Geert Wilders
Geert WildersReuters

In the country where Spinoza became a prophet of atheism, Karl Marx investigated the roots of capitalism, the Founding Fathers started their journey, Descartes, Rousseau and Sade published their writings and Locke put his hand to the "Letter on Tolerance", there is a man transformed into a ghost for criticizing Islam: he is the most protected in Europe.

Geert Wilders, the leader of the right-wing Party for Freedom (PVV) in the Netherlands, received hundreds of serious death threats last year, "like all other Dutch politicians combined". Of 1,125 death threats - a new record and double the previous year - against 240 MPs, 600 threats were directed against Wilders alone, the conservative who criticizes Islam, defends "Judaeo-Christian civilization" and who as a young man spent six months on an Israeli kibbutz. Former Pakistani cricketer Khalid Latif has just been charged by the Dutch public prosecutor's office with placing a bounty on Wilders' head. There are also calls from Australia to behead him.

That is why the threats against academics, journalists and intellectuals about Islam are to be taken very seriously. After the Rushdie attack, Pakistani politicians demanded Wilders’ head.

Even at the televised debates, Wilders is strangely overdressed. Under his jacket she wears a black sweater. He serves to camouflage the bulletproof vest that the security service also makes him wear in TV studios. Someone could make an attempt on his life, a spectator in the audience, a lighting technician or a guard posted to secure him. That happened to the Russian ambassador in Ankara. A member of Wilders' security was even arrested. And Wilders had to cancel the election campaign.

The government had to build him a special house that looks like a prison, with bomb-proof walls, shatterproof windows and cameras. A dozen bodyguards follow him everywhere. The police had to open a special office to handle all the threats coming from everywhere, from Iraq to Syria.

The New Statesman recounts: “Wilders lives in one or more government safe houses with bulletproof windows and panic rooms that are 'safer than the national bank.' He drives to work in an armored police vehicle. His steel-doored office is at the end of a labyrinthine corridor on the third floor of an isolated wing of the Binnenhof, the complex of ancient buildings in The Hague that houses Parliament. It is protected by multiple layers of security and access is severely restricted. 'He lives in a safe,' Ronald Sørensen, a former PVV senator, told me. He adds that even taking photographs showing the inside of the office is prohibited, lest they reveal his whereabouts."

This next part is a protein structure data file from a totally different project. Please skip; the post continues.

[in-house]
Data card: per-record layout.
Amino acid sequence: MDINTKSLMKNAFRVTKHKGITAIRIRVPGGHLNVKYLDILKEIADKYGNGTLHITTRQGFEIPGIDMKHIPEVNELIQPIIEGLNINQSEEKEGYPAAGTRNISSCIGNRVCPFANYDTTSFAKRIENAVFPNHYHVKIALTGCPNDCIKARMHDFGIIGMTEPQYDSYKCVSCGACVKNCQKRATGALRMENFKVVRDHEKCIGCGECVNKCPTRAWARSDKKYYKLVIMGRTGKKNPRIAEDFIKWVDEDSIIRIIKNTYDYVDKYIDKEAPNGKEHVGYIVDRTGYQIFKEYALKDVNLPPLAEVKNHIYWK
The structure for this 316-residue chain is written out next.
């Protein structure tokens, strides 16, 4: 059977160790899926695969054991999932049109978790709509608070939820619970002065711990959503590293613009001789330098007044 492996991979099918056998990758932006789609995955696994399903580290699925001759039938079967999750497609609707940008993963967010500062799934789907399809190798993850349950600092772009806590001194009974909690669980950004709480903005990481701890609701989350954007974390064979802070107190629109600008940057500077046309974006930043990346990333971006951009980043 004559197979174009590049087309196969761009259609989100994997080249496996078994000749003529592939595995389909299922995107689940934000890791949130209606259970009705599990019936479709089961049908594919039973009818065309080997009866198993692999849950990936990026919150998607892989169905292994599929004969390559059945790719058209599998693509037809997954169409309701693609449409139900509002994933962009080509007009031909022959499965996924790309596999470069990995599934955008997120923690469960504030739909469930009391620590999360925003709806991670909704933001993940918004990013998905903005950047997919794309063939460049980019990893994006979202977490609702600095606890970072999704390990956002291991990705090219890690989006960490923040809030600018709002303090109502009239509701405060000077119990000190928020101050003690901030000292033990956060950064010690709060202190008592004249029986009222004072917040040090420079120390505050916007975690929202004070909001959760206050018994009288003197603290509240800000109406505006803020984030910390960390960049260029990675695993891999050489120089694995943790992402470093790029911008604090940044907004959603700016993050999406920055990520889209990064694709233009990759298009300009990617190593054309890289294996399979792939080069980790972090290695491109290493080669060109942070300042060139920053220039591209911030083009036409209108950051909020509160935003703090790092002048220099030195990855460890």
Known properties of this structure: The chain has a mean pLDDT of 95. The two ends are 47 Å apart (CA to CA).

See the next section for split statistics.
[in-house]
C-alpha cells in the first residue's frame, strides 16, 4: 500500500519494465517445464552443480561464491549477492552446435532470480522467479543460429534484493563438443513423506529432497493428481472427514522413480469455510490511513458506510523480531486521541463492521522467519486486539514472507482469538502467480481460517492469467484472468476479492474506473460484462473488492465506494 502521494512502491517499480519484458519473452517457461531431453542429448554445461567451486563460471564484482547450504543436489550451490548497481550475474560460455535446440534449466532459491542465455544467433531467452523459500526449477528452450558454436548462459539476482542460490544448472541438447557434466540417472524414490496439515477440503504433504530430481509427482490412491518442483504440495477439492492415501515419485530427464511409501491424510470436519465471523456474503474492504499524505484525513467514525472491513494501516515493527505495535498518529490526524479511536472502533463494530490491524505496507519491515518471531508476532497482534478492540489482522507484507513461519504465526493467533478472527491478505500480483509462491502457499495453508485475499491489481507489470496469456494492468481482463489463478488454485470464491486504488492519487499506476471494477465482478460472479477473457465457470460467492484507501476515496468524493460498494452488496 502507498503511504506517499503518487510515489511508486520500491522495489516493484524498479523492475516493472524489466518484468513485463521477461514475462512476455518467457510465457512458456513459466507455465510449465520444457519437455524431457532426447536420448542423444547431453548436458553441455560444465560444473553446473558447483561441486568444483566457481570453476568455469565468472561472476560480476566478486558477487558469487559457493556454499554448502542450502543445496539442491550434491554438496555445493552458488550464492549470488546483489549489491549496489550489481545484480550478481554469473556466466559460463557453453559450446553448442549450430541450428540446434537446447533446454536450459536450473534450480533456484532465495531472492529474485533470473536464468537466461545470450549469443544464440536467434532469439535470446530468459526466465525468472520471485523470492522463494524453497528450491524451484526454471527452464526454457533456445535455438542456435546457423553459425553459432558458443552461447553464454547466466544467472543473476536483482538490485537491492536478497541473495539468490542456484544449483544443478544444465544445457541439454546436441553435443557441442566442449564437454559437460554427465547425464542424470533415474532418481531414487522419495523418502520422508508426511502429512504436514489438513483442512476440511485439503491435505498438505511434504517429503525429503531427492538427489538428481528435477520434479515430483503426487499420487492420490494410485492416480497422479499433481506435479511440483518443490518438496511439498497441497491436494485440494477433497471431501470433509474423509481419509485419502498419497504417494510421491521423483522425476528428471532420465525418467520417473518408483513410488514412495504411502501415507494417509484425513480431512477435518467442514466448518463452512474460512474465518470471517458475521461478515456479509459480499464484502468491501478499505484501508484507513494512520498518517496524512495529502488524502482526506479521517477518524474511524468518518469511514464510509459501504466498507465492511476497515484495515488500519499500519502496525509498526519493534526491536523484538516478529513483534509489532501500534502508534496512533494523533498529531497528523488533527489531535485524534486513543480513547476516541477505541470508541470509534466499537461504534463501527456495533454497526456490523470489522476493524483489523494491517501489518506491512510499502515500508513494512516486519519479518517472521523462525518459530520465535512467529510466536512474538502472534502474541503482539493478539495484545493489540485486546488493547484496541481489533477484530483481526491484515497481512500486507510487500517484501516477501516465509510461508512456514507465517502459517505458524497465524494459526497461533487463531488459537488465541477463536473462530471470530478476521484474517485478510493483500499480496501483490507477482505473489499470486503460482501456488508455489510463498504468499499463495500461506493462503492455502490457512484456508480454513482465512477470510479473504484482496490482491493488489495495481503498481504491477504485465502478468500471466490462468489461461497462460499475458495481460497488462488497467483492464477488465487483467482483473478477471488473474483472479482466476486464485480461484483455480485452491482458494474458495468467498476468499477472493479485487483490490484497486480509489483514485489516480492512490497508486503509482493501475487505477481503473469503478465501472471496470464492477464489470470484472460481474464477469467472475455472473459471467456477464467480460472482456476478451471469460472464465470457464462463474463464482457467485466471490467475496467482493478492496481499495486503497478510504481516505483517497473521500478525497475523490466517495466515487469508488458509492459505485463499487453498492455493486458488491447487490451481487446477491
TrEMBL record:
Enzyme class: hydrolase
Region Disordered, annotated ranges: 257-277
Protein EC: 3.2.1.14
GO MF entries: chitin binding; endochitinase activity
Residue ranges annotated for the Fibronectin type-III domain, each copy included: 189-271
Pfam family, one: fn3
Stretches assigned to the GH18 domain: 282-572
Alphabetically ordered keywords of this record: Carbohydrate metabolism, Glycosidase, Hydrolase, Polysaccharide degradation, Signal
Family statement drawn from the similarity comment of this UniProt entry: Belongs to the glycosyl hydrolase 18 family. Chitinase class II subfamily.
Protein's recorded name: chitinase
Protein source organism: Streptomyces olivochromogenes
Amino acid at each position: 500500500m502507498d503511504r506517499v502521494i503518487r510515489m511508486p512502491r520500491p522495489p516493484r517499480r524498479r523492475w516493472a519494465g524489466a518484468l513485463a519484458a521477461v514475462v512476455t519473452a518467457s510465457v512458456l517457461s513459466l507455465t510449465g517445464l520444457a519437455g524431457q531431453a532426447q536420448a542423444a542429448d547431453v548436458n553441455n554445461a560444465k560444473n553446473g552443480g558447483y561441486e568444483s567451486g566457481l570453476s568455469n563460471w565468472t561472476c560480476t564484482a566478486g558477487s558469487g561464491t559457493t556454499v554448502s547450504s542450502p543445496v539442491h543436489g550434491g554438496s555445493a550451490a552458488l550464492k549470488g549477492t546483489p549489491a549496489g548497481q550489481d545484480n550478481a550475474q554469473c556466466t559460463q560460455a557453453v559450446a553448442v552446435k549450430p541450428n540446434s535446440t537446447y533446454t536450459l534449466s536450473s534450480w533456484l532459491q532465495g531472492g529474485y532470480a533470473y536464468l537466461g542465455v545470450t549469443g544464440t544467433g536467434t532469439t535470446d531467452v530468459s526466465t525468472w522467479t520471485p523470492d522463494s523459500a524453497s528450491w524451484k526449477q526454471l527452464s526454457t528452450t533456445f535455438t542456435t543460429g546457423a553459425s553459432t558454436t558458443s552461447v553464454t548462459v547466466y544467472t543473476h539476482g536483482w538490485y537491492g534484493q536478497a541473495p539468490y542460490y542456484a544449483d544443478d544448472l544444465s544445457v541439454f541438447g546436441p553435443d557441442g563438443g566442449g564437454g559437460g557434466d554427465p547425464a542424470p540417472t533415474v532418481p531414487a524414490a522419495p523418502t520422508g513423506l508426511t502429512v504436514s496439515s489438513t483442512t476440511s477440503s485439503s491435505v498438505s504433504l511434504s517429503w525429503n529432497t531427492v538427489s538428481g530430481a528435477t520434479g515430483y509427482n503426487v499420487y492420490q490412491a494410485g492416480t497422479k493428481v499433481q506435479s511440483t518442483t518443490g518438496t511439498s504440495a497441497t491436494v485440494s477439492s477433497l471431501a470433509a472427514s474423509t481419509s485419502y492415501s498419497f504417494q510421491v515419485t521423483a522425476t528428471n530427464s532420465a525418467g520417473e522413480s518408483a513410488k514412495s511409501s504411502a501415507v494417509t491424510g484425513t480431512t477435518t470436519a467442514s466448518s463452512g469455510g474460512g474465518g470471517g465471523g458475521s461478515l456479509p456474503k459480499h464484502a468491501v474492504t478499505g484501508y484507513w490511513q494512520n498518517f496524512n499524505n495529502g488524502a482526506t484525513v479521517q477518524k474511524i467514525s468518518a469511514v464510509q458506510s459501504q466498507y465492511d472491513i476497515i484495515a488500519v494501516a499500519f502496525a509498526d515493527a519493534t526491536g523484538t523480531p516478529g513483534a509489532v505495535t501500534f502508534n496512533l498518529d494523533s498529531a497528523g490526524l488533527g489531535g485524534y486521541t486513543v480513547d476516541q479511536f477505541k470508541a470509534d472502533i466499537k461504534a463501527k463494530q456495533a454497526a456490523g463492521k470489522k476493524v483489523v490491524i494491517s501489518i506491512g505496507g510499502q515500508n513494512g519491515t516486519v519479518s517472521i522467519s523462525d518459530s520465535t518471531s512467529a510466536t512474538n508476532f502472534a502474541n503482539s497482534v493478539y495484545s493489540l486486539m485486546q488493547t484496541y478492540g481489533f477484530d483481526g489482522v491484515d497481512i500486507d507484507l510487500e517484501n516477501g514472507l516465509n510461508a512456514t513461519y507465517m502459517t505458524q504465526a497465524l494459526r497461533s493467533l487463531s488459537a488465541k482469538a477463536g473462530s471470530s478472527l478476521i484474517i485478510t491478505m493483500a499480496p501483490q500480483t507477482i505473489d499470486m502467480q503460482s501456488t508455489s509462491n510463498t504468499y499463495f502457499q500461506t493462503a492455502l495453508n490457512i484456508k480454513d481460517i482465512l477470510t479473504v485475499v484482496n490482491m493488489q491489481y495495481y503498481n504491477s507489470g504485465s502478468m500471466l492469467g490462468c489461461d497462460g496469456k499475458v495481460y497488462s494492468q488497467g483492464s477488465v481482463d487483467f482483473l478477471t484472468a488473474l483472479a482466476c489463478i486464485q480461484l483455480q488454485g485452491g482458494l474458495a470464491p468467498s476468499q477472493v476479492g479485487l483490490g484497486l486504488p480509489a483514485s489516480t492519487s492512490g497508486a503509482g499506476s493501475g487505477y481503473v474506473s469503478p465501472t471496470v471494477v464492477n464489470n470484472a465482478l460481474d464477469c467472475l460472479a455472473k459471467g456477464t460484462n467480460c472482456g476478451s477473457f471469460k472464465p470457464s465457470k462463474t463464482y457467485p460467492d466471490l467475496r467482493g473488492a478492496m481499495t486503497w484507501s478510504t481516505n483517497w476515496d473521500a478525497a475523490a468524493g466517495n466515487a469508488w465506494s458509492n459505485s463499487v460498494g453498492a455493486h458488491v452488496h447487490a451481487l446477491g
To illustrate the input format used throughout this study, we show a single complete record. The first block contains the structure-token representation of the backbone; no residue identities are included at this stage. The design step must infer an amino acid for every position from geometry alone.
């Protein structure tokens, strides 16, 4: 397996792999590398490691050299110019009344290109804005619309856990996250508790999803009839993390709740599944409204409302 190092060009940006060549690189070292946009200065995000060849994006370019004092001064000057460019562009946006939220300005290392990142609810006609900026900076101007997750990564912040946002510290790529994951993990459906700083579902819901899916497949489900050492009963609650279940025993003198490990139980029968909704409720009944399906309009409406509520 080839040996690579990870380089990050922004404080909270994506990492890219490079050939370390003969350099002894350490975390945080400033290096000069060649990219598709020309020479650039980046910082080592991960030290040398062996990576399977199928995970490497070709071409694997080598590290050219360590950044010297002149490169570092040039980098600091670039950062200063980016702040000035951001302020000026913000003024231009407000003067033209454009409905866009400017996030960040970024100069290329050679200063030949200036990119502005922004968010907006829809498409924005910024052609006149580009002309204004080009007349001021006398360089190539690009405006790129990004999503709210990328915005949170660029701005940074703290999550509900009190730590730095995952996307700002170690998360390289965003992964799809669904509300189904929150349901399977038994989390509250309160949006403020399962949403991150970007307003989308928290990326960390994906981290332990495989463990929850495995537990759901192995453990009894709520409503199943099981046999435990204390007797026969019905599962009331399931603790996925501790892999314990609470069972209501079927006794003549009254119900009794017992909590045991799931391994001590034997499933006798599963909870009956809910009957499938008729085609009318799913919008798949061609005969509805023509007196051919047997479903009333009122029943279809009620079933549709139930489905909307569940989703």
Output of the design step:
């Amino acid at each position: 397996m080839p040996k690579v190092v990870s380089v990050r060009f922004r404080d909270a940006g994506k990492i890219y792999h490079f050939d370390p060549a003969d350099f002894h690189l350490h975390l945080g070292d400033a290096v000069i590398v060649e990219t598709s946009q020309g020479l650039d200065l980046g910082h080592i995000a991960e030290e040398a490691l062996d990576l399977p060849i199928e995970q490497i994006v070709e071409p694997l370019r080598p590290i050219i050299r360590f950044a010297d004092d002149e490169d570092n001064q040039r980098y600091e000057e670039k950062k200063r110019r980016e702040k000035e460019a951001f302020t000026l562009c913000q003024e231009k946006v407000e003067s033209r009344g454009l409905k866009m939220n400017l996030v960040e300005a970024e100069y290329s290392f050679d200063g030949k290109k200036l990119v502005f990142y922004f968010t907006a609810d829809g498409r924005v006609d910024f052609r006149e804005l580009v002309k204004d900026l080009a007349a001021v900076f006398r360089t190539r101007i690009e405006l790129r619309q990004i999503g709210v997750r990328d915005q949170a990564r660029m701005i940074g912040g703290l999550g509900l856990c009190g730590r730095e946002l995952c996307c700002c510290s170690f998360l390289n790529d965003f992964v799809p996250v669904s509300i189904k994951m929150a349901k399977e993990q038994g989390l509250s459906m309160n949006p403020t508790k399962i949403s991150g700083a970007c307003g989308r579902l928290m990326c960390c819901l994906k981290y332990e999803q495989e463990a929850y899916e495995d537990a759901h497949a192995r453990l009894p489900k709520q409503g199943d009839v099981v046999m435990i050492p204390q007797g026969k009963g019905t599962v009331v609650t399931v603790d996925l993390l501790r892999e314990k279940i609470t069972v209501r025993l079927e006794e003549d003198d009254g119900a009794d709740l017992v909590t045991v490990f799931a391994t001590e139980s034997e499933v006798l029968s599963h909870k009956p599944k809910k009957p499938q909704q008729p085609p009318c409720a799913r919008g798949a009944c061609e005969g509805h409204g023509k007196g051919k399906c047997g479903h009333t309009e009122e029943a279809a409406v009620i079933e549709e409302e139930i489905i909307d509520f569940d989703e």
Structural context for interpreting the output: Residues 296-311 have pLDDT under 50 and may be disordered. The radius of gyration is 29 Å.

Wilders is protected every day by an army unit as we only see in countries like Iraq and Afghanistan.

Because we are in the country where the Blossom Books publishing house has just removed Mohammed from Dante's Inferno, from which Ayaan Hirsi Ali has left to live in the United States where she is still under protection. This is where the Iranian artist Sooreh Hera had to exhibit in a museum in The Hague masks of Mohammed and Ali and was promised to "burn her alive" (thus canceling the exhibition) and where the cartoonist Gregorius Nekschot, who published under a pseudonym, announced that he would no longer make irreverent drawings on Islam, too dangerous…

It all began twenty years ago, when the detailed plans to kill Wilders were found on the computer of the Islamist who slaughtered Theo van Gogh. Mohammed Bouyeri had it all planned out. That night intelligence came knocking on Wilders' door in Venlo to take him away. He would never return. After changing cars a couple of times, Wilders was taken to a barracks in Bergen op Zoom.

Wilders recounts in his autobiography, Marked for Death:

“One Sunday morning in December we had been taken to an army barracks. Suddenly the siren went off. The guards grabbed their machine guns and ran to their positions. One of the guards ran out of the shower, grabbed his pistol and he fell, naked and soaking wet, to take up a position on the roof. It was freezing cold. Other guards positioned themselves in front of our door, yelling at us to stay inside. It was a scary experience, but a false alarm.